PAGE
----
The opinion of the court was delivered by: Barbara A. McAuliffe United States Magistrate Judge
ORDER DISMISSING STATE LAW CLAIMS WITHOUT LEAVE TO AMEND ) AND DISMISSING UNCERTAIN CLAIMS ) WITH LEAVE TO AMEND (DOC. 1) ORDER GRANTING LEAVE TO FILE A ) FIRST AMENDED PETITION NO LATER ) THAN THIRTY (30) DAYS AFER THE ) DATE OF SERVICE OF THIS ORDER ) ORDER DIRECTING THE CLERK TO SEND A PETITION FORM TO PETITIONER FILING DEADLINE: THIRTY (30) DAYS
Petitioner is a state prisoner proceeding pro se and in forma pauperis with a petition for writ of habeas corpus pursuant to 28 U.S.C. § 2254. Pursuant to 28 U.S.C. § 636(c)(1), Petitioner has consented to the jurisdiction of the United States Magistrate Judge to conduct all further proceedings in the case, including the entry of final judgment, by manifesting consent in a signed writing filed by Petitioner on October 24, 2012 (doc. 7).
Pending before the Court is the petition, which was filed on October 4, 2012, and transferred to this Court on October 17, 2012.
I. Screening the Petition
Rule 4 of the Rules Governing § 2254 Cases in the United States District Courts (Habeas Rules) requires the Court to make a preliminary review of each petition for writ of habeas corpus. The Court must summarily dismiss a petition "[i]f it plainly appears from the petition and any attached exhibits that the petitioner is not entitled to relief in the district court...." Habeas Rule 4; O'Bremski v. Maass, 915 F.2d 418, 420 (9th Cir. 1990); see also Hendricks v. Vasquez, 908 F.2d 490 (9th Cir. 1990). Habeas Rule 2(c) requires that a petition 1) specify all grounds of relief available to the Petitioner; 2) state the facts supporting each ground; and 3) state the relief requested. Notice pleading is not sufficient; rather, the petition must state facts that point to a real possibility of constitutional error. Rule 4, Advisory Committee Notes, 1976 Adoption; O'Bremski v. Maass, 915 F.2d at 420 (quoting Blackledge v. Allison, 431 U.S. 63, 75 n. 7 (1977)). Allegations in a petition that are vague, conclusory, or palpably incredible are subject to summary dismissal. Hendricks v. Vasquez, 908 F.2d at 491.
Further, the Court may dismiss a petition for writ of habeas corpus either on its own motion under Habeas Rule 4, pursuant to the respondent's motion to dismiss, or after an answer to the petition has been filed. Advisory Committee Notes to Habeas Rule 8, 1976 Adoption; see, Herbst v. Cook, 260 F.3d 1039, 1042-43 (9th Cir. 2001).
A petition for habeas corpus should not be dismissed without leave to amend unless it appears that no tenable claim for relief can be pleaded were such leave granted. Jarvis v. Nelson, 440 F.2d 13, 14 (9th Cir. 1971).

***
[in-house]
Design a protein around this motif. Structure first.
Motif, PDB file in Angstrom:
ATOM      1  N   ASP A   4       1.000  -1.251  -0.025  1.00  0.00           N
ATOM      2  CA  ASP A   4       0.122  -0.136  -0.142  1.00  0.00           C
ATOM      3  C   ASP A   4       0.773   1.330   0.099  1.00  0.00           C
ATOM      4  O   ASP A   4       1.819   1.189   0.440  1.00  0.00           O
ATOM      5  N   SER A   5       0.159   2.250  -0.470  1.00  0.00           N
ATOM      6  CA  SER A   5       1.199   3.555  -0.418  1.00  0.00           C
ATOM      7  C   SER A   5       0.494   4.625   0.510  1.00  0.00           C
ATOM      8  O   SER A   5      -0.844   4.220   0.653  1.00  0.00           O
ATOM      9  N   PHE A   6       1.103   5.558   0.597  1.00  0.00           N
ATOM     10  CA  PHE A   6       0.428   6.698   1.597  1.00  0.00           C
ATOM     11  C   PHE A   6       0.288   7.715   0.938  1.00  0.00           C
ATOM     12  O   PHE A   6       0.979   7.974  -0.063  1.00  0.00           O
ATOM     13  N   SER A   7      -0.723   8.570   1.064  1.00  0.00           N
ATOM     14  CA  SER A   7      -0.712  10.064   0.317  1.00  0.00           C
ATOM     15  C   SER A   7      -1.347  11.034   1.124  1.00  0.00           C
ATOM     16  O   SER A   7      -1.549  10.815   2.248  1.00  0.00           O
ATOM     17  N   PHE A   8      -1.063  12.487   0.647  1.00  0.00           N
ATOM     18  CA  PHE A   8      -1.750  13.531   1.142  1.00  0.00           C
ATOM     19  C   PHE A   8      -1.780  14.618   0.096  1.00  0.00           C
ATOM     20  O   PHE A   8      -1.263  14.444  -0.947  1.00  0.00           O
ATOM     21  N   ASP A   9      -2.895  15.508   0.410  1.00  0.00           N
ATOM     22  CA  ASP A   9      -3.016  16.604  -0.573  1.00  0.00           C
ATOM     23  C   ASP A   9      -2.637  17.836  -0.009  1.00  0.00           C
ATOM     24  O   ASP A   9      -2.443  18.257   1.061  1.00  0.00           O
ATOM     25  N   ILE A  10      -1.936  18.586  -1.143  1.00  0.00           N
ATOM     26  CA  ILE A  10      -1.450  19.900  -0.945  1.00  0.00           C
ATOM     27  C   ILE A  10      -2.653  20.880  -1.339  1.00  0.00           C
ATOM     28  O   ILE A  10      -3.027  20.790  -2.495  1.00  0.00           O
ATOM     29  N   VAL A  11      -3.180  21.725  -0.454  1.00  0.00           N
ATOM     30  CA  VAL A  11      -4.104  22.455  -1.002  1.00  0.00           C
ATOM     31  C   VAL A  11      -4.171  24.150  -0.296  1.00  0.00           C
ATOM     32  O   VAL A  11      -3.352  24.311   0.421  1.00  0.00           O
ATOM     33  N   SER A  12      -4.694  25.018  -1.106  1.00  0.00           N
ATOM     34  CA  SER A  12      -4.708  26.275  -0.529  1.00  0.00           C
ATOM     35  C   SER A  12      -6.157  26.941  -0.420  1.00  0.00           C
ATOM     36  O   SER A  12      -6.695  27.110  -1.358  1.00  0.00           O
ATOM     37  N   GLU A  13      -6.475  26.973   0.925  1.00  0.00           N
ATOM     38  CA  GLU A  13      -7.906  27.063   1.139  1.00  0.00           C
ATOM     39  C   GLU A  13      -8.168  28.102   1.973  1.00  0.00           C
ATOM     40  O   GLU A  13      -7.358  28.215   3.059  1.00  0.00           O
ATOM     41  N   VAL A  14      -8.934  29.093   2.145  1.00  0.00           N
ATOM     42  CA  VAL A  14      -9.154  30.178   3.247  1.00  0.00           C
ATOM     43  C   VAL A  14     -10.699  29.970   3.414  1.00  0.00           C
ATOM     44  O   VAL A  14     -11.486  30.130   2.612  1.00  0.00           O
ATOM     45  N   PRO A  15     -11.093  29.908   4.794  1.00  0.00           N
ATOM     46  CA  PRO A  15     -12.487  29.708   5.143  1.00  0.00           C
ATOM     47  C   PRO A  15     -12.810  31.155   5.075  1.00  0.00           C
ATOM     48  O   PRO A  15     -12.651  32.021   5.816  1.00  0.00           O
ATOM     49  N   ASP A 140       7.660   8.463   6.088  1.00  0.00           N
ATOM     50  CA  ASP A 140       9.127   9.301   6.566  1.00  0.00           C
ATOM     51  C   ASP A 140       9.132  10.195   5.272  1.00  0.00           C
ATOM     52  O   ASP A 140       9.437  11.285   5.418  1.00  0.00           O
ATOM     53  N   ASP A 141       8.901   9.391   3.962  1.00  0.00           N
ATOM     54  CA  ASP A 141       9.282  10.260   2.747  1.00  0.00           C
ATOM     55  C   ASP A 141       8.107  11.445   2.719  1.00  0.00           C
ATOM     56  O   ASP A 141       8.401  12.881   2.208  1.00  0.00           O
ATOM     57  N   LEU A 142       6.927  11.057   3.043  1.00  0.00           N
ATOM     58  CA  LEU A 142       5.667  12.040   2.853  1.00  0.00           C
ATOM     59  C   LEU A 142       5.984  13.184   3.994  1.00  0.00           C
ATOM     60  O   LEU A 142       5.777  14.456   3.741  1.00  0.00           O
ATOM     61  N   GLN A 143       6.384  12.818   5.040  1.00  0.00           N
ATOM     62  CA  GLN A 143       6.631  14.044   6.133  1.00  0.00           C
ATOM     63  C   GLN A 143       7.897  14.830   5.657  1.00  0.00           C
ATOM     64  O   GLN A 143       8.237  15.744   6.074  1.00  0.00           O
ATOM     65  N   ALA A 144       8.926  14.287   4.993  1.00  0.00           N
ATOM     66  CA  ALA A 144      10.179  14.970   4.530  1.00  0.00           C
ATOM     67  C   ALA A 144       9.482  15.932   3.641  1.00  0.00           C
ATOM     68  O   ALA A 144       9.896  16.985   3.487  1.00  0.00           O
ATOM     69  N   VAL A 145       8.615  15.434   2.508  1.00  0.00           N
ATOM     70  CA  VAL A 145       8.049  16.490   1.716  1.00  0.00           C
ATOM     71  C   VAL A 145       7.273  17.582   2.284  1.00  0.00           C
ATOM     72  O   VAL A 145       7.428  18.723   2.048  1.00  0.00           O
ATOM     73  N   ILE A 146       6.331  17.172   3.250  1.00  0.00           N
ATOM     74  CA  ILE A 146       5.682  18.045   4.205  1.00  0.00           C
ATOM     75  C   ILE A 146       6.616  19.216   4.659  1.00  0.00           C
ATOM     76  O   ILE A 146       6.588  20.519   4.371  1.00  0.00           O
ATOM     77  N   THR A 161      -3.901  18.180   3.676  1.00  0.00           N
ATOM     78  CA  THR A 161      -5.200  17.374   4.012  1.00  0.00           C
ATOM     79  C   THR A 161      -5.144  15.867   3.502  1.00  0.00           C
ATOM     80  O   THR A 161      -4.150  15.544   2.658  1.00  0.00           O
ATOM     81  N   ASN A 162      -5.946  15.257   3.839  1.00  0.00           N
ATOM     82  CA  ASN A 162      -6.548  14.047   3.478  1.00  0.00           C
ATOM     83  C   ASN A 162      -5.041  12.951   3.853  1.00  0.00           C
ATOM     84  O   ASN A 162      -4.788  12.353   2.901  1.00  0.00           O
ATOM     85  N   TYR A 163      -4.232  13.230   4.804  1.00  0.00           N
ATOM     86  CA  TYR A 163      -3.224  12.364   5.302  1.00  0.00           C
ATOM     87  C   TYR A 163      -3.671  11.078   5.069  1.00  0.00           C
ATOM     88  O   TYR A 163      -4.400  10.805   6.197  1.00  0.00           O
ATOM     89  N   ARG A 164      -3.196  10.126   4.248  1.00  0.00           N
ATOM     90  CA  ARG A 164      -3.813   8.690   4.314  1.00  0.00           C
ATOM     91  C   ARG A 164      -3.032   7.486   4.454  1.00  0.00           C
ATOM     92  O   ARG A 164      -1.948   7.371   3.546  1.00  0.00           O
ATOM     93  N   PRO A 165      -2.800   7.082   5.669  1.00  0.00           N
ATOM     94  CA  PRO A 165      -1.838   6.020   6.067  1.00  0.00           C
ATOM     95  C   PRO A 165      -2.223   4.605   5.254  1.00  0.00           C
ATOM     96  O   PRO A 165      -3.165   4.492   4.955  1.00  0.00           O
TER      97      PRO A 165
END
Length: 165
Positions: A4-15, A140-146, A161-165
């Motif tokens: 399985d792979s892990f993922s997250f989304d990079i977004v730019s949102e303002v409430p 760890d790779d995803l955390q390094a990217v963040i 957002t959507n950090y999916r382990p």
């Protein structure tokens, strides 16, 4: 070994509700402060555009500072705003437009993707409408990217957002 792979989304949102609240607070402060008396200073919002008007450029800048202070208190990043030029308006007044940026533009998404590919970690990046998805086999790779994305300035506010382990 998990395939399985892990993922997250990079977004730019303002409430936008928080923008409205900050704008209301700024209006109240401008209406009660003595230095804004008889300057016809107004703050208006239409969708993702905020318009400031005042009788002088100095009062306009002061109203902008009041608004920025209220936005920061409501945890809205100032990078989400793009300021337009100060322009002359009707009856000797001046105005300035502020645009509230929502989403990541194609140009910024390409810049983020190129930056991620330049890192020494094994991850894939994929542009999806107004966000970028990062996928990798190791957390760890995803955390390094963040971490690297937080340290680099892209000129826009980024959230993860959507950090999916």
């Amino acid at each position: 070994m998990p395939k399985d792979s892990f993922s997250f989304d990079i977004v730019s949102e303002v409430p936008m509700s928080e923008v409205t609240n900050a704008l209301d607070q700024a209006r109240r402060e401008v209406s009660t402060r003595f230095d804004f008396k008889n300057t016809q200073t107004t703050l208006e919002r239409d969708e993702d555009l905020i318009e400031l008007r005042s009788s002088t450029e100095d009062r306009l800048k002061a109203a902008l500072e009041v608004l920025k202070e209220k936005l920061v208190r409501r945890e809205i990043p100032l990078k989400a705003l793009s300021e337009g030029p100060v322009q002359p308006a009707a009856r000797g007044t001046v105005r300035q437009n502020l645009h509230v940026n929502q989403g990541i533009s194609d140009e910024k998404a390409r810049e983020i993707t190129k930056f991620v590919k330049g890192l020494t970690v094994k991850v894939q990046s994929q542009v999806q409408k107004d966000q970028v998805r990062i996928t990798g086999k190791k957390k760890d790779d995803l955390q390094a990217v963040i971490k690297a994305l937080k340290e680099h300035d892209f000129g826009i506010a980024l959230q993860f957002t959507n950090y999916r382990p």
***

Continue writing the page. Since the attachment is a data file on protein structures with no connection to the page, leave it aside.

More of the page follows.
Petitioner alleges that he is an inmate of the California State Prison at Sacramento (CSP-SAC) serving a sentence of ten years and fifteen years to life for convictions suffered on or about May 20, 2009, in the Superior Court of the State of California, County of Tulare, for kidnaping for the purpose of robbery with gun and gang enhancements, assault with a deadly weapon, and a criminal threat. (Pet., doc. 1, 1.)
Petitioner alleges the following claims in the petition: 1) conviction of kidnaping for robbery in the absence of sufficient evidence to prove beyond a reasonable doubt an intent to rob formulated prior to the kidnaping, considered in light of the prosecutor's misstatements of evidence and the law, violated Petitioner's right to due process of law under the Fourteenth Amendment and the state constitution (id. at 4, 15-21); 2) re-sentencing Petitioner to eight additional years beyond the original sentence based on an inapplicable statute and with a dual use of facts violated Petitioner's right to due process of law (id. at 4, 21-23); 3) conviction of a gang enhancement without proof of a specific intent to benefit a street gang except based on expert testimony violated Petitioner's right to due process of law (id. at 5, 16, 23-24); 4) a life sentence for a juvenile who did not commit murder or attempted murder or have a record of convictions that would qualify as three strikes was cruel and unusual punishment under the state and federal constitutions (id. at 5, 24, 29-31); 5) Petitioner's right under the Fourteenth Amendment to the effective assistance of appellate counsel was violated by counsel's failure to raise the grounds raised in this petition (id. at 6, 31); and 6) the evidence was insufficient to establish that the group was a criminal street gang (id. at 6).
Because the petition was filed after April 24, 1996, the effective date of the Antiterrorism and Effective Death Penalty Act of 1996 (AEDPA), the AEDPA applies to the petition. Lindh v. Murphy, 521 U.S. 320, 327 (1997); Jeffries v. Wood, 114 F.3d 1484, 1499 (9th Cir. 1997).
A district court may entertain a petition for a writ of habeas corpus by a person in custody pursuant to the judgment of a state court only on the ground that the custody is in violation of the Constitution, laws, or treaties of the United States. 28 U.S.C. §§ 2254(a), 2241(c)(3); Williams v. Taylor, 529 U.S. 362, 375 ...